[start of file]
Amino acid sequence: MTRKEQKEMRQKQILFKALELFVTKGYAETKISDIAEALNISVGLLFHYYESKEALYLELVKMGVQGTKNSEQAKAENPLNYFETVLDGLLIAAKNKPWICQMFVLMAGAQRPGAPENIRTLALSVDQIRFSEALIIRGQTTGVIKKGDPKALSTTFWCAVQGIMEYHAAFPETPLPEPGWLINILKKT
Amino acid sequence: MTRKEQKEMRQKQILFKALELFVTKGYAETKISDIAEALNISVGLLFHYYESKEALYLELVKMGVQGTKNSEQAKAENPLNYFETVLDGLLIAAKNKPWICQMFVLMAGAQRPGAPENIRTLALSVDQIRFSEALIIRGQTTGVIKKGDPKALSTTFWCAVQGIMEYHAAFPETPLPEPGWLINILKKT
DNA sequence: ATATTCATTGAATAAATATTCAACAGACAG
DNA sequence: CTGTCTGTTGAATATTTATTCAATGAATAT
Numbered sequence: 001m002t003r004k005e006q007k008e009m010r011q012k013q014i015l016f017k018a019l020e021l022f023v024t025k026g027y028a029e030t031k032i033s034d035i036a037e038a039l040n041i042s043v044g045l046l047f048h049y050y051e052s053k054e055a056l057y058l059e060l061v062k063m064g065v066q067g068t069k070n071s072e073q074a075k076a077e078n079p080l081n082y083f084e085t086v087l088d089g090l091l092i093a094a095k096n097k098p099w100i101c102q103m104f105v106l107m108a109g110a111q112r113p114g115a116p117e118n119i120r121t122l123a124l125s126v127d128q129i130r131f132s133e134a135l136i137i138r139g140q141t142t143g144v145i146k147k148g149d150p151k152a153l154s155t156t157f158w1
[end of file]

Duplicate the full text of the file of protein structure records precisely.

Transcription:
Amino acid sequence: MTRKEQKEMRQKQILFKALELFVTKGYAETKISDIAEALNISVGLLFHYYESKEALYLELVKMGVQGTKNSEQAKAENPLNYFETVLDGLLIAAKNKPWICQMFVLMAGAQRPGAPENIRTLALSVDQIRFSEALIIRGQTTGVIKKGDPKALSTTFWCAVQGIMEYHAAFPETPLPEPGWLINILKKT
Amino acid sequence: MTRKEQKEMRQKQILFKALELFVTKGYAETKISDIAEALNISVGLLFHYYESKEALYLELVKMGVQGTKNSEQAKAENPLNYFETVLDGLLIAAKNKPWICQMFVLMAGAQRPGAPENIRTLALSVDQIRFSEALIIRGQTTGVIKKGDPKALSTTFWCAVQGIMEYHAAFPETPLPEPGWLINILKKT
DNA sequence: ATATTCATTGAATAAATATTCAACAGACAG
DNA sequence: CTGTCTGTTGAATATTTATTCAATGAATAT
Numbered sequence: 001m002t003r004k005e006q007k008e009m010r011q012k013q014i015l016f017k018a019l020e021l022f023v024t025k026g027y028a029e030t031k032i033s034d035i036a037e038a039l040n041i042s043v044g045l046l047f048h049y050y051e052s053k054e055a056l057y058l059e060l061v062k063m064g065v066q067g068t069k070n071s072e073q074a075k076a077e078n079p080l081n082y083f084e085t086v087l088d089g090l091l092i093a094a095k096n097k098p099w100i101c102q103m104f105v106l107m108a109g110a111q112r113p114g115a116p117e118n119i120r121t122l123a124l125s126v127d128q129i130r131f132s133e134a135l136i137i138r139g140q141t142t143g144v145i146k147k148g149d150p151k152a153l154s155t156t157f158w1